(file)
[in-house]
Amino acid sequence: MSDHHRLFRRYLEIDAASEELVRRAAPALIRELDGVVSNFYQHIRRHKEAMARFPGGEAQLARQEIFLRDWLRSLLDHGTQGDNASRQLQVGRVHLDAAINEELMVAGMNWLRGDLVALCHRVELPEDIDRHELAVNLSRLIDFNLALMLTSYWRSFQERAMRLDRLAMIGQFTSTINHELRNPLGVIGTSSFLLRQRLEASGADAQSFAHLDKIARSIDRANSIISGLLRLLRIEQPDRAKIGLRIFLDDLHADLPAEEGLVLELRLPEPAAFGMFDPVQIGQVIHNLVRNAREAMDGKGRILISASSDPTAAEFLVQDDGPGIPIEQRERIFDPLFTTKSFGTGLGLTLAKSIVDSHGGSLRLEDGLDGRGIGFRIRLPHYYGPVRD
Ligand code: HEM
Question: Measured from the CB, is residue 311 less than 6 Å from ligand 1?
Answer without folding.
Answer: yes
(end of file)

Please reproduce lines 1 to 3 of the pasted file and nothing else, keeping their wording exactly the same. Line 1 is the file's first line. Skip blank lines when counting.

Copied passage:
[in-house]
Amino acid sequence: MSDHHRLFRRYLEIDAASEELVRRAAPALIRELDGVVSNFYQHIRRHKEAMARFPGGEAQLARQEIFLRDWLRSLLDHGTQGDNASRQLQVGRVHLDAAINEELMVAGMNWLRGDLVALCHRVELPEDIDRHELAVNLSRLIDFNLALMLTSYWRSFQERAMRLDRLAMIGQFTSTINHELRNPLGVIGTSSFLLRQRLEASGADAQSFAHLDKIARSIDRANSIISGLLRLLRIEQPDRAKIGLRIFLDDLHADLPAEEGLVLELRLPEPAAFGMFDPVQIGQVIHNLVRNAREAMDGKGRILISASSDPTAAEFLVQDDGPGIPIEQRERIFDPLFTTKSFGTGLGLTLAKSIVDSHGGSLRLEDGLDGRGIGFRIRLPHYYGPVRD
Ligand code: HEM